Dr. Melissa Deckman is a Professor of Political Science at Washington College and a PRRI Affiliated Scholar. Her research interests center on the intersection of religion, women, and politics. She has written in the past about the Christian Right’s participation in school board politics. Her most recent work is as co-editor and contributor to Curriculum and the Culture Wars: Debating the Bible’s Place in Public Schools. PRRI sat down with Dr. Deckman to discuss the significance of the book.
In my latest column for Figuring Faith, my blog at the Washington Post, I explore the obstacles currently facing an organized progressive religious movement.
The recent release of the PRRI/Brookings Economic Values Survey has triggered a lively discussion about a potential shift of power between religious conservatives and progressives in the American religious landscape. Most of the debate has centered around the future significance of current patterns—most prominently, the nearly linear correlation between religious conservatism and age, with religious progressives (and the nonreligious) holding an advantage over religious conservatives among the Millennial generation.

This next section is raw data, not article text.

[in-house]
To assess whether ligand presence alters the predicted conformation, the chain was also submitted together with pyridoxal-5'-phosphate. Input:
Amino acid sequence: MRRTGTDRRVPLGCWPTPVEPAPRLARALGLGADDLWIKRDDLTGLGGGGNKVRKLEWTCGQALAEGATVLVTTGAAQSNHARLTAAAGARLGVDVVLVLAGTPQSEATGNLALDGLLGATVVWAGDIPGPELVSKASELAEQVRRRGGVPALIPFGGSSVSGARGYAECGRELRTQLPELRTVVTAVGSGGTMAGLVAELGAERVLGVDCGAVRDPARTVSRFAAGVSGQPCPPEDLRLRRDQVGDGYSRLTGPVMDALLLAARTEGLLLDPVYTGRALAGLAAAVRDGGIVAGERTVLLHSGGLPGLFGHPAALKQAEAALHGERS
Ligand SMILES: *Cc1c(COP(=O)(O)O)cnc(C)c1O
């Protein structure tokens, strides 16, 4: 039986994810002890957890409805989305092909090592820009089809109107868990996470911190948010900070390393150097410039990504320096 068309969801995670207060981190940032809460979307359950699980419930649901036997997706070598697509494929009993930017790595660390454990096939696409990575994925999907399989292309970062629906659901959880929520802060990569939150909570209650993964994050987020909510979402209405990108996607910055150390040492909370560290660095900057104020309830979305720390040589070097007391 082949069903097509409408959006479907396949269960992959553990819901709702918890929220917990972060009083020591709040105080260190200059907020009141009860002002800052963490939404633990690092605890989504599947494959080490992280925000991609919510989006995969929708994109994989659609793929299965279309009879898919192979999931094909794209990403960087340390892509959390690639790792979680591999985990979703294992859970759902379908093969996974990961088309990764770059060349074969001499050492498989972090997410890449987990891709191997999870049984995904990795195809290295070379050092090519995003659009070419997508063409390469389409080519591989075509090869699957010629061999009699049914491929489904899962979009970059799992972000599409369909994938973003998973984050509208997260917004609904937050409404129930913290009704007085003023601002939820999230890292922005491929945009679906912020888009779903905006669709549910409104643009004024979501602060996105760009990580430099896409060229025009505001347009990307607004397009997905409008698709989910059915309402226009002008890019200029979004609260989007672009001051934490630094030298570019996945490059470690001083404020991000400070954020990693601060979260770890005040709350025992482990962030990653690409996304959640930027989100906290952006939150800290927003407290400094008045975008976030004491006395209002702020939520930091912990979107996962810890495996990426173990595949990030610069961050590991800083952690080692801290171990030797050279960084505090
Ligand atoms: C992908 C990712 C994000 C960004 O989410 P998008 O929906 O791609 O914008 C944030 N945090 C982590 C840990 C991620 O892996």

But there has been little attention paid to another set of factors crucial for evaluating the future impact of any progressive religious movement. Compared to their conservative counterparts, religious progressives face considerably higher obstacles to successful organizing. The PRRI/Brookings survey reveals six significant challenges facing any leader who may attempt to transform the one-in-five (19%) Americans who are religious progressives from a scattered constituency into an organized movement.
To read more about these six challenges, which include issues of identity, diversity, dispersion, diffusion, institutional connection and separation of church and state concerns, check out my full column at The Washington Post.